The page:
Dr. Ken, Season 1, Episode 16: “Meeting Molly’s Boyfriend”
Original airdate February 26, 2016.
Symptoms: When Molly introduces her new boyfriend to Ken and Allison, Allison is confronted with a confidentiality issue: the new boyfriend is the son of one of her patients. This is especially stressful because the patient unknowingly reveals to her that the boyfriend is cheating on Molly. In the Welltopia office, Pat tries to cozy up to Damona, Julie, and Clark in the hopes of receiving positive evaluations from them.
Diagnosis: There’s a lot to like here: We get a scene with Allison in her office; we learn a little more about Dave (he’s left-handed); this week it’s good Molly instead of bad Molly; Ken and Allison demonstrate reasonably liberal attitudes about Molly’s dating life; there’s funny, same-level conversation between Ken and Pat; and Pat comes across as socially clueless rather than just bizarre and cartoonish. I’m going to ignore the lucha libre tag (I’m generally of the opinion that anything goes in the sitcom tag), applaud the continued believability of the regular presence of alcohol in the Park household, and enjoy the family dynamics in dealing with a new boyfriend, which stay mostly away from over-protective caricature and parental shorthand (which I’ve seen a bit too much of lately). The director and actors need to be scolded for complete ignorance in how the game of Risk is played, but it’s a quick transgression in what is otherwise a fun episode.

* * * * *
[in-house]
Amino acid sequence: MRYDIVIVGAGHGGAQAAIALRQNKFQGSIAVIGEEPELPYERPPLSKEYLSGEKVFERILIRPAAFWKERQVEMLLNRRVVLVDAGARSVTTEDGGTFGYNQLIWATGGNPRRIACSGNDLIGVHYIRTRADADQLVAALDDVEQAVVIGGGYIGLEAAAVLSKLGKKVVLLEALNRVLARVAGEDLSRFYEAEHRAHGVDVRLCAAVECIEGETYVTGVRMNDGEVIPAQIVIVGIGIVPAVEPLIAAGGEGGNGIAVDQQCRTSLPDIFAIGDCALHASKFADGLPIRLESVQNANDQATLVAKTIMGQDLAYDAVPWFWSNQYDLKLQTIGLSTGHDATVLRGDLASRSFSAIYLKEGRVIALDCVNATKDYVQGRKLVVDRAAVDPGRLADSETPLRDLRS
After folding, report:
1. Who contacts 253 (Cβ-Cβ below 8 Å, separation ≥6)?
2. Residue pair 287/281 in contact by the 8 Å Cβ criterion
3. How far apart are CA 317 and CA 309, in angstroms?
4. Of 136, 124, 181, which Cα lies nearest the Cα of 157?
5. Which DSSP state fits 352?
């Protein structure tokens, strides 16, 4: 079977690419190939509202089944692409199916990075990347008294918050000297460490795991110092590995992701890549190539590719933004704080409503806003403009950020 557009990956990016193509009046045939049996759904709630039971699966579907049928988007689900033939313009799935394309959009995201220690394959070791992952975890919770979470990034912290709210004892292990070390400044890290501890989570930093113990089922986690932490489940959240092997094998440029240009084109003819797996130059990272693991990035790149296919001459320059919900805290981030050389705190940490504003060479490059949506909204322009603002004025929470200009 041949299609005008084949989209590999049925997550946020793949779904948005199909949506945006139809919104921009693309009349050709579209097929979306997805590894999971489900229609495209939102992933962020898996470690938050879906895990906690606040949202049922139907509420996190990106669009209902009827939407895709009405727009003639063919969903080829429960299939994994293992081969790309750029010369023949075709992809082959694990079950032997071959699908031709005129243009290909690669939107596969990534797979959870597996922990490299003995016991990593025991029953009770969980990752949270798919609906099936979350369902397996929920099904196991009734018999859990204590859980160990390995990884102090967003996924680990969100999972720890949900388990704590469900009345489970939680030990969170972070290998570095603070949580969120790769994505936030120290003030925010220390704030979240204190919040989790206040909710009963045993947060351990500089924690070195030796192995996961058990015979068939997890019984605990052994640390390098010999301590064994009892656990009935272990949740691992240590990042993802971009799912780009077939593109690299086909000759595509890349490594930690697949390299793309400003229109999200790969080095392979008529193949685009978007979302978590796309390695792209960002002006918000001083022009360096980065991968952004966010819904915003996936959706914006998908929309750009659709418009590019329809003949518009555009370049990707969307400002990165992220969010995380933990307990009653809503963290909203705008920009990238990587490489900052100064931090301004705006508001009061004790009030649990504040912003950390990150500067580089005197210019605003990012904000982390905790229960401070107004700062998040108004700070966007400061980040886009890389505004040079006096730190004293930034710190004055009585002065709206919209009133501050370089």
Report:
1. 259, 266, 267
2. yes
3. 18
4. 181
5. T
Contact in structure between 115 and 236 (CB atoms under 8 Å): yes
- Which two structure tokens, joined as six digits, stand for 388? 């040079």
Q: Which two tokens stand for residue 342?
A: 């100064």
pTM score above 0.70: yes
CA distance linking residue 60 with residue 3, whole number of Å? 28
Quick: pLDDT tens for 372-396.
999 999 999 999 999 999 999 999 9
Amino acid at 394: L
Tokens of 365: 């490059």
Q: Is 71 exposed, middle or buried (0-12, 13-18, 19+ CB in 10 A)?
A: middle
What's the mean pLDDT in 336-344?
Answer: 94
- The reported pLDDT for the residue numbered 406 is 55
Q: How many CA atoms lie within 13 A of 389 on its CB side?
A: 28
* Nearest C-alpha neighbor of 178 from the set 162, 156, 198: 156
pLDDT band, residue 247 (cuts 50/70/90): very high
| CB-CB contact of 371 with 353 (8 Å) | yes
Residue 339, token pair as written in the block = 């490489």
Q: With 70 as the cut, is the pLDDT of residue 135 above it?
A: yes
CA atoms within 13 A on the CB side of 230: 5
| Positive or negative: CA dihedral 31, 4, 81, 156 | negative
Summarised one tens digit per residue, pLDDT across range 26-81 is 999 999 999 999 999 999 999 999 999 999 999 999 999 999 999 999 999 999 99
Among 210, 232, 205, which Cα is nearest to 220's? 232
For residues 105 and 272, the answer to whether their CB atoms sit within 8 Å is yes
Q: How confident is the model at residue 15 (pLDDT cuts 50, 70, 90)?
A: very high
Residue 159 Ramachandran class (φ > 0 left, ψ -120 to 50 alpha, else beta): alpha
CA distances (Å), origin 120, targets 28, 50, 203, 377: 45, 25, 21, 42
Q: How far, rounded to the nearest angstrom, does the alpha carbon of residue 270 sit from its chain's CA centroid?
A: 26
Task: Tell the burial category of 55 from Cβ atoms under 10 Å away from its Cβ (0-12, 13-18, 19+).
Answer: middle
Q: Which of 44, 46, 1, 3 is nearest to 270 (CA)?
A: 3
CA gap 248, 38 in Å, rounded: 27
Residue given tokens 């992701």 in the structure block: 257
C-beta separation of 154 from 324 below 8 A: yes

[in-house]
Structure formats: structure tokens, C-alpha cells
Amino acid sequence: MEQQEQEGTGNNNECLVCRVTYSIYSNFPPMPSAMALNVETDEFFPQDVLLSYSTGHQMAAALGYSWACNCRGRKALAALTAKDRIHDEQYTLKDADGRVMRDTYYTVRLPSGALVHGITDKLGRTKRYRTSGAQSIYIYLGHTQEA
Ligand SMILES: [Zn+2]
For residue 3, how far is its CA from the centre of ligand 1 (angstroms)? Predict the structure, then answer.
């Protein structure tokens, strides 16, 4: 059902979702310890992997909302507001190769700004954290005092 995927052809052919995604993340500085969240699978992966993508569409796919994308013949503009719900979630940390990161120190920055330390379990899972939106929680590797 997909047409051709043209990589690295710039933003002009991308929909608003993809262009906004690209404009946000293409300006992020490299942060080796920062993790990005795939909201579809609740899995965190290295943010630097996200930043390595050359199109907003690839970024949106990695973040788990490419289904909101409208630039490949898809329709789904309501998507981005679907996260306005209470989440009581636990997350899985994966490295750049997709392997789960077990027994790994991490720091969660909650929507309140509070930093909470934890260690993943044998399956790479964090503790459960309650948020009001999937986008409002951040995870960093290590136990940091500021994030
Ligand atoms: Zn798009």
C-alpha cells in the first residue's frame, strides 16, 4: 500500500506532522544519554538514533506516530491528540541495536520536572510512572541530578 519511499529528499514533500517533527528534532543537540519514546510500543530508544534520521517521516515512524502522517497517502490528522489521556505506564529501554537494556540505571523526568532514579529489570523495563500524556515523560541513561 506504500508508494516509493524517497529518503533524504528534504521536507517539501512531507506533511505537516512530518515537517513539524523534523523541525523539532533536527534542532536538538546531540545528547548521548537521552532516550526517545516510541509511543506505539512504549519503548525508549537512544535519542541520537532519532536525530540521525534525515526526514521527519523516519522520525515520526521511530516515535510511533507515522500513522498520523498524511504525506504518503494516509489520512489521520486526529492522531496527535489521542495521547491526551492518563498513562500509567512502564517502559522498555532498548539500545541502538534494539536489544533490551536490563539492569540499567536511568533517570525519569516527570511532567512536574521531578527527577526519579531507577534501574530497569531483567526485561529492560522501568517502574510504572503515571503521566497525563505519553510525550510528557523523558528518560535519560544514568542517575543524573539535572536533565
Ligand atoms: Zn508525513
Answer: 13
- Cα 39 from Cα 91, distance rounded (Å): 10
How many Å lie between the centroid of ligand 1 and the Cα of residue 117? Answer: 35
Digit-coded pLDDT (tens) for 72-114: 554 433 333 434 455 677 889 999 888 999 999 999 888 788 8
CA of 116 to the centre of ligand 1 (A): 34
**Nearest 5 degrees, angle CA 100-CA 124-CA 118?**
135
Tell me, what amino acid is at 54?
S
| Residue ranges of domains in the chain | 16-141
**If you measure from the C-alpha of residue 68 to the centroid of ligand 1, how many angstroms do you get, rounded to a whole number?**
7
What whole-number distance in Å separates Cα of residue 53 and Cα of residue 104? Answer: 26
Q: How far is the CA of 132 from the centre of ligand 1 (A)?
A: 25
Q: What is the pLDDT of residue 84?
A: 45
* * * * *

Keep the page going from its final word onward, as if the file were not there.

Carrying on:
Prognosis: I’ve heard a lot of speculation about what Molly’s boyfriends would be like, if we ever got introduced to them, and I honestly have no opinion about this. Does it mean something that her boyfriend appears to be at least part Asian, and not full-on Caucasian? Would it have meant something if he’d been some other ethnicity? There’s a temptation, because of the cultural significance of Dr. Ken‘s existence, to overthink details like this. Details do matter a lot, and each is a decision toward creating the art of a television program. Still, can this boy just be a guy Molly likes, without outside-the-fourth-wall context? I say yes, although I’m open to other opinions.
Rx: This is a good episode for character development. Both plots serve characterization, with reasonable advancement based on character and not on gags. There’s some good comedy here among some of the usual just-for-laughs stuff, and I feel myself growing fonder of the program and its regulars. Even Pat.
Check out this week’s Post Show and Tell, in which Joz Wang interviews Suzy Nakamura and Albert Tsai about “Meeting Molly’s Boyfriend, right on the set of Dr. Ken.